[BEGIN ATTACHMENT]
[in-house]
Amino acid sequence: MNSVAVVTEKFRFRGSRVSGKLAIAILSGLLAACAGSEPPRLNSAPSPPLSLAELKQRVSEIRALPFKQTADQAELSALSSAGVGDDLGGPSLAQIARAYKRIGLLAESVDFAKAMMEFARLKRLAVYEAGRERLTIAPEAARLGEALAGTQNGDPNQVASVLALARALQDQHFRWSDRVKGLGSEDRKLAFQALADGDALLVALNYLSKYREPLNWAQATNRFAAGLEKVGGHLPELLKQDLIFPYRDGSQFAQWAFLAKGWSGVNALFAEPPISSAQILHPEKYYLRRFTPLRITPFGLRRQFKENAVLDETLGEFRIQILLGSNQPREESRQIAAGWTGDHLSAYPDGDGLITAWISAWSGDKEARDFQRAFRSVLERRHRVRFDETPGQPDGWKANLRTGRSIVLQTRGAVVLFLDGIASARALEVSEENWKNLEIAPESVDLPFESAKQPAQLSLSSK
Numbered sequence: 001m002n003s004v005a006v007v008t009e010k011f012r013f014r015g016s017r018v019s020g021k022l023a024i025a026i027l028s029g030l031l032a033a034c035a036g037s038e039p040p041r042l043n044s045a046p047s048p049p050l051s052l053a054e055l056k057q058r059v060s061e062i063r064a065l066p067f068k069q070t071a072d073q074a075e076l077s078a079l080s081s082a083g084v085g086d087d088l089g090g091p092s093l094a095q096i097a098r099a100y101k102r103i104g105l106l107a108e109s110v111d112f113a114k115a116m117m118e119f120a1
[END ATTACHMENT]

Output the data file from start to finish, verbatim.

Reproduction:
[in-house]
Amino acid sequence: MNSVAVVTEKFRFRGSRVSGKLAIAILSGLLAACAGSEPPRLNSAPSPPLSLAELKQRVSEIRALPFKQTADQAELSALSSAGVGDDLGGPSLAQIARAYKRIGLLAESVDFAKAMMEFARLKRLAVYEAGRERLTIAPEAARLGEALAGTQNGDPNQVASVLALARALQDQHFRWSDRVKGLGSEDRKLAFQALADGDALLVALNYLSKYREPLNWAQATNRFAAGLEKVGGHLPELLKQDLIFPYRDGSQFAQWAFLAKGWSGVNALFAEPPISSAQILHPEKYYLRRFTPLRITPFGLRRQFKENAVLDETLGEFRIQILLGSNQPREESRQIAAGWTGDHLSAYPDGDGLITAWISAWSGDKEARDFQRAFRSVLERRHRVRFDETPGQPDGWKANLRTGRSIVLQTRGAVVLFLDGIASARALEVSEENWKNLEIAPESVDLPFESAKQPAQLSLSSK
Numbered sequence: 001m002n003s004v005a006v007v008t009e010k011f012r013f014r015g016s017r018v019s020g021k022l023a024i025a026i027l028s029g030l031l032a033a034c035a036g037s038e039p040p041r042l043n044s045a046p047s048p049p050l051s052l053a054e055l056k057q058r059v060s061e062i063r064a065l066p067f068k069q070t071a072d073q074a075e076l077s078a079l080s081s082a083g084v085g086d087d088l089g090g091p092s093l094a095q096i097a098r099a100y101k102r103i104g105l106l107a108e109s110v111d112f113a114k115a116m117m118e119f120a1